of the unrest, of the wild tear,
and then a stream came forth
of tears, an unlimited amount of tears
and I quickly understood
that the river of tears is deep.

In another poem, written several years later, Rosenfeld wrote:

They pay with tears for a tear,
that is all they can afford:
I am a tear millionaire
and I lament the millions.

The tear that will not boil away is like the bush that will not burn, discovered by Moses. Both the tear and the fire are the word of God and revelatory..
I went back to these poems earlier today because I was experiencing the tears of others, spoken occasionally in actual tears, yes, but communicated more often in anger, stereotyping, belittling. Our tears so often have little to do with the points of view we stub our minds against, or in response to the names we might be called by someone who is projecting their own shame onto us. We are most often reacting to ancient hurts, childhood pains, adolescent misunderstandings, or adult questions that never received the answers that would satisfy our intellect or emotions. Our tears are always, it seems. tears-in-waiting, dammed up behind bravado or pretense but let loose when a particular word or thought acts like an opened handle on the riverworks.

The Yiddish factory worker was surrounded in the tears of faraway sadness- faraway from homeland, family, and childhood friends, and very far, it felt, away from hope. The Manhattan factory worker face 14 hour days on wooden floors in an always too hot or too cold factory and then a few hours in a noisy fifth floor walkup where- maybe- a few hours of sleep after a bowl of soup with some bread could be had.

His tears, her tears were of the same substance as our tears, even though formed of different pain. Taste his pain, taste her pain on your tongue as his tear her tears flow down your cheeks. Long ago, your tears, too, were tasted then wiped away with a dusty cloth. But they never ever really went away; they are the same tears still..the river of tears is deep.

Hello? This is Nancy at the Care this David?

This is Nancy ____ at the Care Center, is this David?


David, we’re calling about your mother, you know she fell earlier today..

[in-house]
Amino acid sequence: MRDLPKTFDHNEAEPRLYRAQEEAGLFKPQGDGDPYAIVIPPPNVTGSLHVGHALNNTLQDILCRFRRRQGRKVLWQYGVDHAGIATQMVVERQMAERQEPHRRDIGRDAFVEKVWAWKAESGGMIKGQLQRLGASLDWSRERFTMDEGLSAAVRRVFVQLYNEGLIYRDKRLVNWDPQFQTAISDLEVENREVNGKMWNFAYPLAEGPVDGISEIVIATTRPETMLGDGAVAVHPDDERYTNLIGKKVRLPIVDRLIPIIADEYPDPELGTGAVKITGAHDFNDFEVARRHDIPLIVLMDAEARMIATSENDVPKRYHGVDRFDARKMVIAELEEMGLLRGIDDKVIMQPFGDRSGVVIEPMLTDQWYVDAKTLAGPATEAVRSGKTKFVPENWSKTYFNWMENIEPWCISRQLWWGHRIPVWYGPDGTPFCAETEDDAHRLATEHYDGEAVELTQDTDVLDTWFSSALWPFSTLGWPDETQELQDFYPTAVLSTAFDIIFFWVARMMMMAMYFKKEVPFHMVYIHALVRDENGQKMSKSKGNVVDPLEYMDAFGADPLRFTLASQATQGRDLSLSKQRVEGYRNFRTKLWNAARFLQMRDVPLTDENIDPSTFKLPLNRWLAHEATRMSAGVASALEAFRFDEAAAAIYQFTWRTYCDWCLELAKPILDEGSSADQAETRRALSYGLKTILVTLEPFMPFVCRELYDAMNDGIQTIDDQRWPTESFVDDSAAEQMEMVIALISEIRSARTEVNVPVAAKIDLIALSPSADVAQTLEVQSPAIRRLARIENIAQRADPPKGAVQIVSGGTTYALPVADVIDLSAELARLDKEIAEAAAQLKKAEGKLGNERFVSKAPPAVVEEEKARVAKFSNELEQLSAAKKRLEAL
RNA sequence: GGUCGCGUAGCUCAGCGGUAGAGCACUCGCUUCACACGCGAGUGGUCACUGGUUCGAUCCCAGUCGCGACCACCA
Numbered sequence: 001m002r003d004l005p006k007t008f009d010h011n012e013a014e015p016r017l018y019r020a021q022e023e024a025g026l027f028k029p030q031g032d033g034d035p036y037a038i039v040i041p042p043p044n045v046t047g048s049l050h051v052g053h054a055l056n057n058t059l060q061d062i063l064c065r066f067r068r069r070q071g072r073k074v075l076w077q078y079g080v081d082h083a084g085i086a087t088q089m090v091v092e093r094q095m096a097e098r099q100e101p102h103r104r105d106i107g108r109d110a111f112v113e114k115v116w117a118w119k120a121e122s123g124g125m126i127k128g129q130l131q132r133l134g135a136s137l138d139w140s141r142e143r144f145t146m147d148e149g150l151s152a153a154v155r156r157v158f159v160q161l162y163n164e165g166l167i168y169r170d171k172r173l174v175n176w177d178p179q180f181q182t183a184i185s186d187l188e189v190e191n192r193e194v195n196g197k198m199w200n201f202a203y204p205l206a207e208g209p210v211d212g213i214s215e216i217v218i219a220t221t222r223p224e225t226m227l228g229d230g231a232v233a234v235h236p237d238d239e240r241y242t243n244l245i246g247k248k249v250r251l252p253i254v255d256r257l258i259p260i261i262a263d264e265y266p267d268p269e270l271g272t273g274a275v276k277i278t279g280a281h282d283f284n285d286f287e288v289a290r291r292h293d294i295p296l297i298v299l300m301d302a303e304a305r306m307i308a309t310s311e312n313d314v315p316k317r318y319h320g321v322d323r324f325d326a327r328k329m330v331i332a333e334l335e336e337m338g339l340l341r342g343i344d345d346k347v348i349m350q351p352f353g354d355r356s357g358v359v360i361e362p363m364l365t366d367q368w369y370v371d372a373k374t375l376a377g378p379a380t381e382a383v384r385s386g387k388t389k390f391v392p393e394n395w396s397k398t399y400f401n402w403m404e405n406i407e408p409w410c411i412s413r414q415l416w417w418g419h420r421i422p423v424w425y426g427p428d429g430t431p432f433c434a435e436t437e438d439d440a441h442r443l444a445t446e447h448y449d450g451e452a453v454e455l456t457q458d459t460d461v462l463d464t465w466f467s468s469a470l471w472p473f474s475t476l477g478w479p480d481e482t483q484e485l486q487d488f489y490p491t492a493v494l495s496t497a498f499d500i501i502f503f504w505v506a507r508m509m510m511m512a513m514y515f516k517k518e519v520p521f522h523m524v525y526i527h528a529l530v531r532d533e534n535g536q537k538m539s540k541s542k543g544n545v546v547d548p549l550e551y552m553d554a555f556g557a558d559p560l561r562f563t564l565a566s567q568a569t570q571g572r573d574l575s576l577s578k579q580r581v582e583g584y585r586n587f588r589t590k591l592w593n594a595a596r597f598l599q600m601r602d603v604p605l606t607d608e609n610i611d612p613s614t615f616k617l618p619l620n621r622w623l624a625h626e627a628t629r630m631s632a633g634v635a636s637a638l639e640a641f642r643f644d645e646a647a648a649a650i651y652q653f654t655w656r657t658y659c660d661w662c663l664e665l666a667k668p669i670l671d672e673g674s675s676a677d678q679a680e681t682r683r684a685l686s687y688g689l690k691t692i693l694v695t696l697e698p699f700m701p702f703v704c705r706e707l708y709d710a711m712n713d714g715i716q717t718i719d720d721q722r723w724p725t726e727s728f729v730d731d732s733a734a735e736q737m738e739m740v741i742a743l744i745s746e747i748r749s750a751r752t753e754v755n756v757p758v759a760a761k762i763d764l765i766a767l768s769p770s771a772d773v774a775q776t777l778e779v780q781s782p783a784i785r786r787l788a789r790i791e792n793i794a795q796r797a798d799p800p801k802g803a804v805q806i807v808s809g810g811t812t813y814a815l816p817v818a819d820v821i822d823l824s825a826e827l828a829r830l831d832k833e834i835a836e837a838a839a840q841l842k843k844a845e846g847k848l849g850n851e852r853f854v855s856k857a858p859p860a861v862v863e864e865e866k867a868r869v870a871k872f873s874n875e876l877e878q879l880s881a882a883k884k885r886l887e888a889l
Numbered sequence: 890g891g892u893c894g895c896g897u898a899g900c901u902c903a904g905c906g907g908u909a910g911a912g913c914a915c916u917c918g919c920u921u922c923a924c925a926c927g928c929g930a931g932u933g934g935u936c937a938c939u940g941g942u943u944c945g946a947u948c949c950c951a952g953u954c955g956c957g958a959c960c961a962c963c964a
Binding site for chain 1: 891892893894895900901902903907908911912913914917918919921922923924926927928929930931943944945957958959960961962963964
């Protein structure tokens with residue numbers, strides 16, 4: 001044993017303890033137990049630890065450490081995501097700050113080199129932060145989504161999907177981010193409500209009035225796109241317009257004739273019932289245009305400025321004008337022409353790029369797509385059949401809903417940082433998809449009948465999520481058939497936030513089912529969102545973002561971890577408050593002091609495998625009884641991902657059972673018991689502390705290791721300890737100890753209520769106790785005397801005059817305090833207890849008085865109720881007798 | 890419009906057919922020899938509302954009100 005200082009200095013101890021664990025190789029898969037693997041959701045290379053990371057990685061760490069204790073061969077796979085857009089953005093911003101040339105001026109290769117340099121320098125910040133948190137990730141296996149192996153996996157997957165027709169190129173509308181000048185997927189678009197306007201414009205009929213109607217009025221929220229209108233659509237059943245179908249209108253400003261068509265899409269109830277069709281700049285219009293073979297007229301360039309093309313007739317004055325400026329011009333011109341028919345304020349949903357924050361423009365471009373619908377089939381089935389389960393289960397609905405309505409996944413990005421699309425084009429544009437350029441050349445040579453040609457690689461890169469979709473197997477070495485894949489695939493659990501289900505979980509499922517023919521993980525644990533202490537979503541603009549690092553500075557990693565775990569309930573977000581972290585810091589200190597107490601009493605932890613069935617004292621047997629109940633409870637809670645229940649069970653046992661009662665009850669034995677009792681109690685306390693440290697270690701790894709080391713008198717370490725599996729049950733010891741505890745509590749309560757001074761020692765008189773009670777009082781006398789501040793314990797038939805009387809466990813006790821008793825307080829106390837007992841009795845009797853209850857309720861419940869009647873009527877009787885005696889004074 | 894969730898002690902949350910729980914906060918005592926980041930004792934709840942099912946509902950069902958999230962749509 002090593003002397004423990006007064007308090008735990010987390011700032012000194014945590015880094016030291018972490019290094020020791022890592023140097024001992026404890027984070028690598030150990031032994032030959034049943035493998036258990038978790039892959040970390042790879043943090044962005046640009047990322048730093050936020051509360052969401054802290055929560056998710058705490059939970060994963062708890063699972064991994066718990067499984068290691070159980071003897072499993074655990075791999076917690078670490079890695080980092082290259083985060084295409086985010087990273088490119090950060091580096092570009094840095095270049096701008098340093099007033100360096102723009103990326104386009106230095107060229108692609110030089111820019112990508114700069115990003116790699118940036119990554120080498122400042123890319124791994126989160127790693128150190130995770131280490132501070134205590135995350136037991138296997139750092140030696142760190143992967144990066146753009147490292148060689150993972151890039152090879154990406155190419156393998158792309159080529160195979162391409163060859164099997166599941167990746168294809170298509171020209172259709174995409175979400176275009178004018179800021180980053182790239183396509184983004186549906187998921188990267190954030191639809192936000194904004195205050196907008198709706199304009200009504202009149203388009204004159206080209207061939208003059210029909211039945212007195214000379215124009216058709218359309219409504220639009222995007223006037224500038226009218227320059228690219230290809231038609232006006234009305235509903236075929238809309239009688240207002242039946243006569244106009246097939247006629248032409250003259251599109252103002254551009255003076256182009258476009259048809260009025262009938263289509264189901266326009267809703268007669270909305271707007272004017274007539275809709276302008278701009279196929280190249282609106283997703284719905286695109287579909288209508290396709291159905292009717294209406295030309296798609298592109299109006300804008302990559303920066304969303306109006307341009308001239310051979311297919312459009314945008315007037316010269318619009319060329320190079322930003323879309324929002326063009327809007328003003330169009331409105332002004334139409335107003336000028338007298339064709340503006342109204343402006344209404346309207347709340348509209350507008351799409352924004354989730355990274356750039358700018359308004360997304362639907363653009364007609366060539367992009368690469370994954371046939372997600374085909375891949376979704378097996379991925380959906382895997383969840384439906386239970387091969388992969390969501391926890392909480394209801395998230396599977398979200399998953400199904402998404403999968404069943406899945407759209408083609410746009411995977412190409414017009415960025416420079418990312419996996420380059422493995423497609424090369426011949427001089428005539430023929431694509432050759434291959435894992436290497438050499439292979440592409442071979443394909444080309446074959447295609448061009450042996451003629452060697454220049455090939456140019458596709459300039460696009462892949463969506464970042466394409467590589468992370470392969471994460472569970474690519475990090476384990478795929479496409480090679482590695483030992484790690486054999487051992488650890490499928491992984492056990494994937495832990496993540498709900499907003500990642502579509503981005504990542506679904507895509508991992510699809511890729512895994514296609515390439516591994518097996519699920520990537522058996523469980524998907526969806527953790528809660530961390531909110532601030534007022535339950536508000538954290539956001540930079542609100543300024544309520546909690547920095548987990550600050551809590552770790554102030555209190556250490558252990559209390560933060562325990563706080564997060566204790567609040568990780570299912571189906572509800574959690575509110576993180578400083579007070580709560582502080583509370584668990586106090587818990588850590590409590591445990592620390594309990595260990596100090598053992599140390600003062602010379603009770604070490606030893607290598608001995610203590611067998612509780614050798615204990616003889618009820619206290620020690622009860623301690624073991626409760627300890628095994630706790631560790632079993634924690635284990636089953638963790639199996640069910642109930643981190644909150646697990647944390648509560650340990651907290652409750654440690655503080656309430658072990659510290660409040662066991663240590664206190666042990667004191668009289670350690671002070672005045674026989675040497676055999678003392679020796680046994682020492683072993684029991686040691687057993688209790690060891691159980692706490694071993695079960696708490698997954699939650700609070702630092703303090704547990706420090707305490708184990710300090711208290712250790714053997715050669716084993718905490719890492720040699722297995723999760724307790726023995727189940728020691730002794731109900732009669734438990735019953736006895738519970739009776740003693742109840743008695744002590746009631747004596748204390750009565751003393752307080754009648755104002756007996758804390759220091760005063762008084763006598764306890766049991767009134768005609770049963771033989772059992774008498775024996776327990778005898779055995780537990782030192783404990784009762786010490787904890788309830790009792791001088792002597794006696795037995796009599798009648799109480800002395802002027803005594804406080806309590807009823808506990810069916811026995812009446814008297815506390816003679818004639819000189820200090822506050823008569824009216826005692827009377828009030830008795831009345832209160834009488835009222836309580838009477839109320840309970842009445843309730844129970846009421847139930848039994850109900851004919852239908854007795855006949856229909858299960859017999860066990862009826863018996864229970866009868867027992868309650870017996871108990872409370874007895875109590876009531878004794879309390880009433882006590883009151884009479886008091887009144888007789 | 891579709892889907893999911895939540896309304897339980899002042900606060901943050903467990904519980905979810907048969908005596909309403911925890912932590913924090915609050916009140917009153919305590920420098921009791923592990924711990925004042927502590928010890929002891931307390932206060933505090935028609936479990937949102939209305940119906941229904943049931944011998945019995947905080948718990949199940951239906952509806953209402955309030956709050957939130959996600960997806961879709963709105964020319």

Well she fell again and there is a cut on her right arm, not a big one but we’ve taped it up.


We think she may have had a stroke which caused her to fall, she’s favoring her right side and her face is drooping a little that way too..right now she is just sitting and is not able to get up and walk like she usually does, you know?


We’re just going to put her to bed for the night and look in on her and then have the Dr. stop by in the morning. We’re almost certain there is no breakage in the hip or the leg, but if you would like we can arrange to have her X-rayed in the morning.


She seems to be in no pain, but we will of course give her something for that if it looks like she is hurting.


mom 3

Do you have any questions?


Well if you do you know you may call us anytime.

Yes, thank you, goodbye, thank you very much, I’m sorry I don’t have any questions, I’m out of questions, please don’t mistake my lack of questions with a lack of curiosity, I am just out of questions, there are no more questions in me just question marks with no words in front of them, if I had a question or a thousand questions it would be three years ago when words mattered but now it is only punctuation and silence and I don’t want you to think that because there are no questions that there is no more care but that care doesn’t matter and I can’t stop the love but that doesn’t matter either and I really do thank you again all of you but there is nothing I can do now except tell you to give her pain pills and I will wait for a